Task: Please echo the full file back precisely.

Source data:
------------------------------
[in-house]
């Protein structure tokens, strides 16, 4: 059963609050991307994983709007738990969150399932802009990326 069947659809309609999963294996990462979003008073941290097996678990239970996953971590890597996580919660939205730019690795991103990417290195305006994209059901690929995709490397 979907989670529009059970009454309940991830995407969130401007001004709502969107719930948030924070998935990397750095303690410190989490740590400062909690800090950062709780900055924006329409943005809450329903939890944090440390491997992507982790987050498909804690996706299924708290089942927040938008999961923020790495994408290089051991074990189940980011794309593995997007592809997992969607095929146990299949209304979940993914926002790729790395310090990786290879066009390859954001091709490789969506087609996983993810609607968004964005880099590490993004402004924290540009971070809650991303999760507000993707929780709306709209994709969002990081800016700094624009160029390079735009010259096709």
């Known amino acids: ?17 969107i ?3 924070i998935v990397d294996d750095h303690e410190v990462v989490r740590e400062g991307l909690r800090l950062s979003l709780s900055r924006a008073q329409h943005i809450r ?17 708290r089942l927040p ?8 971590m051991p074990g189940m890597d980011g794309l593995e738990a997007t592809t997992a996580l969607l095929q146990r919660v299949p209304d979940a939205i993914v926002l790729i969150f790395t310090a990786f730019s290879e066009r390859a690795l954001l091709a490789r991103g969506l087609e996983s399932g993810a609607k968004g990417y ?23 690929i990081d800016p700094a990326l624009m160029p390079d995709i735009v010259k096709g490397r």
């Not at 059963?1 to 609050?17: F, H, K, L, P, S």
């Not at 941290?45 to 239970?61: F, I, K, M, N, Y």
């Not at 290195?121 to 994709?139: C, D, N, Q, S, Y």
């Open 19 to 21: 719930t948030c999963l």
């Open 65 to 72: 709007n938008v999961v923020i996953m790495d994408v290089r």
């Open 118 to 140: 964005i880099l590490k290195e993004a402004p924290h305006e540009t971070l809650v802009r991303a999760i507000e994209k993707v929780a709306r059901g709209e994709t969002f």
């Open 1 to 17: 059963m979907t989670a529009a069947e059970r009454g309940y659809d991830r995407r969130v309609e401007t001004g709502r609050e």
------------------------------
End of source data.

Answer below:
[in-house]
């Protein structure tokens, strides 16, 4: 059963609050991307994983709007738990969150399932802009990326 069947659809309609999963294996990462979003008073941290097996678990239970996953971590890597996580919660939205730019690795991103990417290195305006994209059901690929995709490397 979907989670529009059970009454309940991830995407969130401007001004709502969107719930948030924070998935990397750095303690410190989490740590400062909690800090950062709780900055924006329409943005809450329903939890944090440390491997992507982790987050498909804690996706299924708290089942927040938008999961923020790495994408290089051991074990189940980011794309593995997007592809997992969607095929146990299949209304979940993914926002790729790395310090990786290879066009390859954001091709490789969506087609996983993810609607968004964005880099590490993004402004924290540009971070809650991303999760507000993707929780709306709209994709969002990081800016700094624009160029390079735009010259096709």
């Known amino acids: ?17 969107i ?3 924070i998935v990397d294996d750095h303690e410190v990462v989490r740590e400062g991307l909690r800090l950062s979003l709780s900055r924006a008073q329409h943005i809450r ?17 708290r089942l927040p ?8 971590m051991p074990g189940m890597d980011g794309l593995e738990a997007t592809t997992a996580l969607l095929q146990r919660v299949p209304d979940a939205i993914v926002l790729i969150f790395t310090a990786f730019s290879e066009r390859a690795l954001l091709a490789r991103g969506l087609e996983s399932g993810a609607k968004g990417y ?23 690929i990081d800016p700094a990326l624009m160029p390079d995709i735009v010259k096709g490397r």
């Not at 059963?1 to 609050?17: F, H, K, L, P, S």
């Not at 941290?45 to 239970?61: F, I, K, M, N, Y």
């Not at 290195?121 to 994709?139: C, D, N, Q, S, Y």
């Open 19 to 21: 719930t948030c999963l």
């Open 65 to 72: 709007n938008v999961v923020i996953m790495d994408v290089r």
């Open 118 to 140: 964005i880099l590490k290195e993004a402004p924290h305006e540009t971070l809650v802009r991303a999760i507000e994209k993707v929780a709306r059901g709209e994709t969002f």
């Open 1 to 17: 059963m979907t989670a529009a069947e059970r009454g309940y659809d991830r995407r969130v309609e401007t001004g709502r609050e």